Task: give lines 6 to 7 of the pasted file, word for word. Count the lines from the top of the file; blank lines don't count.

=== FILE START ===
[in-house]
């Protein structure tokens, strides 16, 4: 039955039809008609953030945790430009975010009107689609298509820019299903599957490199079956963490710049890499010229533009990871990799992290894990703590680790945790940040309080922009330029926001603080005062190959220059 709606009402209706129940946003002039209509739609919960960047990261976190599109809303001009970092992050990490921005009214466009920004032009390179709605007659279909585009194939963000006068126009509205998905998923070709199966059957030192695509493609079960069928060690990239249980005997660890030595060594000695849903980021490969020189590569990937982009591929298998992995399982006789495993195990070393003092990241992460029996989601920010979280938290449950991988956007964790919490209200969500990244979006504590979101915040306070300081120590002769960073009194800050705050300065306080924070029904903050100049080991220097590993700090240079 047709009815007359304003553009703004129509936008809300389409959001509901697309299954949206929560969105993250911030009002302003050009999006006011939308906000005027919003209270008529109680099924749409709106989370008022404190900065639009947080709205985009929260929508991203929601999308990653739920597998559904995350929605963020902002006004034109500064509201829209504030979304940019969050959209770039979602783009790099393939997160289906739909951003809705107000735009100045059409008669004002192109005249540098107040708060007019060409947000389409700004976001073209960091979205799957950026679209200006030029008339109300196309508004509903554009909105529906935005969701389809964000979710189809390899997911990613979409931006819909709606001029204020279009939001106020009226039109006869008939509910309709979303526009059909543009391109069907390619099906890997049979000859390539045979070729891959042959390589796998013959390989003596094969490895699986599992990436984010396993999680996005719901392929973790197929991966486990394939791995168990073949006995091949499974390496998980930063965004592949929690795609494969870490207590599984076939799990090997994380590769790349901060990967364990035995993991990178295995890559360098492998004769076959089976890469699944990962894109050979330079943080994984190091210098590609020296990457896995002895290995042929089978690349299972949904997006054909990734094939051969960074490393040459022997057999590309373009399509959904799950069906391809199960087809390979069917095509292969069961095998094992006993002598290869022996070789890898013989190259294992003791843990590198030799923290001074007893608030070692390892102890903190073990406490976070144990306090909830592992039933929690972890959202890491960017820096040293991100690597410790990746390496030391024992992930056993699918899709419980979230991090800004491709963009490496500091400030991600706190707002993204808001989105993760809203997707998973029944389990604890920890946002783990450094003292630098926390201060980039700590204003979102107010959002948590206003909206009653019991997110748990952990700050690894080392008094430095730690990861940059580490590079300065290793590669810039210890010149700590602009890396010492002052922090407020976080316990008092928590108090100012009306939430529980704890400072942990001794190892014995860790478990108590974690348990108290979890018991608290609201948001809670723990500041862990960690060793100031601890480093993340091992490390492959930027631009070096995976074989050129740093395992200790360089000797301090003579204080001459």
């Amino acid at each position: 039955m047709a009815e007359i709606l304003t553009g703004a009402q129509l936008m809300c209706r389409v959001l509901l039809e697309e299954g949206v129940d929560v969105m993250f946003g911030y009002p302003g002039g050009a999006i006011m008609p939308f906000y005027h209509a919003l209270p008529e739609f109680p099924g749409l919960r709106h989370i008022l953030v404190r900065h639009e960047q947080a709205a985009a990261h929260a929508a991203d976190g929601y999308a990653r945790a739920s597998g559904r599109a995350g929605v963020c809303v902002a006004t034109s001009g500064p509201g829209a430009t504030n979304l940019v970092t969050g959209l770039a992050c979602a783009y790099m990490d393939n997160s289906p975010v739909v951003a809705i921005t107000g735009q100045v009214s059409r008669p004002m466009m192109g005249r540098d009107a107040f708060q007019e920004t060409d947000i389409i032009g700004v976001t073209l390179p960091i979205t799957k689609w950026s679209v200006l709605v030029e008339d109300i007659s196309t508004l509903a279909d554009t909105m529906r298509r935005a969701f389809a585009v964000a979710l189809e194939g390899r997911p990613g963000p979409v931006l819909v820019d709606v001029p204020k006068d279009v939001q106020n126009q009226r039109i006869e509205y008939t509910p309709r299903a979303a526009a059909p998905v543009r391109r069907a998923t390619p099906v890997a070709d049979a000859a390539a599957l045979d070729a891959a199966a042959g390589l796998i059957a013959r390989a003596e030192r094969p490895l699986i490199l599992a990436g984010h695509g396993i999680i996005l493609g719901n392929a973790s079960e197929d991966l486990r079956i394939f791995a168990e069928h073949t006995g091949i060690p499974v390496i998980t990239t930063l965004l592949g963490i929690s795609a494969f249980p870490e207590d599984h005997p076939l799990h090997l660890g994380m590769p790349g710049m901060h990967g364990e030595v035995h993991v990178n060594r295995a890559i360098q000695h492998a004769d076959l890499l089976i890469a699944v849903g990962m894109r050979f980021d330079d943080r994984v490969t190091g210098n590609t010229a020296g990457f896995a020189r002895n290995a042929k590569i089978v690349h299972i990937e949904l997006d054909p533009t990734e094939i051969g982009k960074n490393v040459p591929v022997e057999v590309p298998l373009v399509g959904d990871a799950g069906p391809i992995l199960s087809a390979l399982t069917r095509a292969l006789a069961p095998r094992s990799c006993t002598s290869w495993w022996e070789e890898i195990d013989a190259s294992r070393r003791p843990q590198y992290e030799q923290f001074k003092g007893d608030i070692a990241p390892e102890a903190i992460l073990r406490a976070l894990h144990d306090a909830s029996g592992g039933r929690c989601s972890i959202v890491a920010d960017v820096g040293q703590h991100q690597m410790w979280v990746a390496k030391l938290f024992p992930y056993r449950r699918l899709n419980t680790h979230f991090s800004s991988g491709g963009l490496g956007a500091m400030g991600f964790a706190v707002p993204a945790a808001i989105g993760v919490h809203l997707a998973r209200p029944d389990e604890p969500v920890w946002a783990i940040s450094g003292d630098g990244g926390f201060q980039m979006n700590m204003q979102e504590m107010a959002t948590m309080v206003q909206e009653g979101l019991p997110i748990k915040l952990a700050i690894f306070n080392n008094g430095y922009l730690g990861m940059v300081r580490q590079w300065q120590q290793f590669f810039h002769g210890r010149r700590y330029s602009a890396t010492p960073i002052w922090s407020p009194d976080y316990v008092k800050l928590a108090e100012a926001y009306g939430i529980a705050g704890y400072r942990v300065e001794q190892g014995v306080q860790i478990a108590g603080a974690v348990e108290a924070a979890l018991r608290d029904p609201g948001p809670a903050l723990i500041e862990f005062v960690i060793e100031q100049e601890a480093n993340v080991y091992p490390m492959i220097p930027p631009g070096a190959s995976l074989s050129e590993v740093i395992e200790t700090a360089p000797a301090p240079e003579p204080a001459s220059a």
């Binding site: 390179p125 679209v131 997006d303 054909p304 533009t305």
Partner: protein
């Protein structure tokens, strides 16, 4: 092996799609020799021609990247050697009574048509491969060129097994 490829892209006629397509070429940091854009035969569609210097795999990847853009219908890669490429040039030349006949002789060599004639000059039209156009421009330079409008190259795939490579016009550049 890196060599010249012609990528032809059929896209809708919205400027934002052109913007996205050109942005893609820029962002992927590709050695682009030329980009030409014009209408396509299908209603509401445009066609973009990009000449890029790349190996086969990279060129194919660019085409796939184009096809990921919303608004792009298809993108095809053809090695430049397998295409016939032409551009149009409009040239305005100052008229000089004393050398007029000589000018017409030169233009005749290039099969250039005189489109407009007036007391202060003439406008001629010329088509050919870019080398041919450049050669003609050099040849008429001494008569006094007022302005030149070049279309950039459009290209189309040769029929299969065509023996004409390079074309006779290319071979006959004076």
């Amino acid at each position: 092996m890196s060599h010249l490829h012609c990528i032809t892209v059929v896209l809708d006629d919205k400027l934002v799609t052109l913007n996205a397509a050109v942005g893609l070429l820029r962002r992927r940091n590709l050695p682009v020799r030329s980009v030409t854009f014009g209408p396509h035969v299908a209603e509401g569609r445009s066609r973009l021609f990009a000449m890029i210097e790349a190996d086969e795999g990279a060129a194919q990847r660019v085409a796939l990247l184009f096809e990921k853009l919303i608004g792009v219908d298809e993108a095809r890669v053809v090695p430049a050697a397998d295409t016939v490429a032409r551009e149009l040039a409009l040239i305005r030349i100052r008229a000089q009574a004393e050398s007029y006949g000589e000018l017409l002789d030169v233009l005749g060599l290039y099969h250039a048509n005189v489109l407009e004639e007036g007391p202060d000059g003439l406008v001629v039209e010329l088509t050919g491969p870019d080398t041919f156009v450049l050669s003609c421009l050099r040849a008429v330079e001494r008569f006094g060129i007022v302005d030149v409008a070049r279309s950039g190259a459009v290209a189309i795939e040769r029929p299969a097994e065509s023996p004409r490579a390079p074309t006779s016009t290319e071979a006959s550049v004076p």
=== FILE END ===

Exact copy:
């Protein structure tokens, strides 16, 4: 092996799609020799021609990247050697009574048509491969060129097994 490829892209006629397509070429940091854009035969569609210097795999990847853009219908890669490429040039030349006949002789060599004639000059039209156009421009330079409008190259795939490579016009550049 890196060599010249012609990528032809059929896209809708919205400027934002052109913007996205050109942005893609820029962002992927590709050695682009030329980009030409014009209408396509299908209603509401445009066609973009990009000449890029790349190996086969990279060129194919660019085409796939184009096809990921919303608004792009298809993108095809053809090695430049397998295409016939032409551009149009409009040239305005100052008229000089004393050398007029000589000018017409030169233009005749290039099969250039005189489109407009007036007391202060003439406008001629010329088509050919870019080398041919450049050669003609050099040849008429001494008569006094007022302005030149070049279309950039459009290209189309040769029929299969065509023996004409390079074309006779290319071979006959004076």
């Amino acid at each position: 092996m890196s060599h010249l490829h012609c990528i032809t892209v059929v896209l809708d006629d919205k400027l934002v799609t052109l913007n996205a397509a050109v942005g893609l070429l820029r962002r992927r940091n590709l050695p682009v020799r030329s980009v030409t854009f014009g209408p396509h035969v299908a209603e509401g569609r445009s066609r973009l021609f990009a000449m890029i210097e790349a190996d086969e795999g990279a060129a194919q990847r660019v085409a796939l990247l184009f096809e990921k853009l919303i608004g792009v219908d298809e993108a095809r890669v053809v090695p430049a050697a397998d295409t016939v490429a032409r551009e149009l040039a409009l040239i305005r030349i100052r008229a000089q009574a004393e050398s007029y006949g000589e000018l017409l002789d030169v233009l005749g060599l290039y099969h250039a048509n005189v489109l407009e004639e007036g007391p202060d000059g003439l406008v001629v039209e010329l088509t050919g491969p870019d080398t041919f156009v450049l050669s003609c421009l050099r040849a008429v330079e001494r008569f006094g060129i007022v302005d030149v409008a070049r279309s950039g190259a459009v290209a189309i795939e040769r029929p299969a097994e065509s023996p004409r490579a390079p074309t006779s016009t290319e071979a006959s550049v004076p």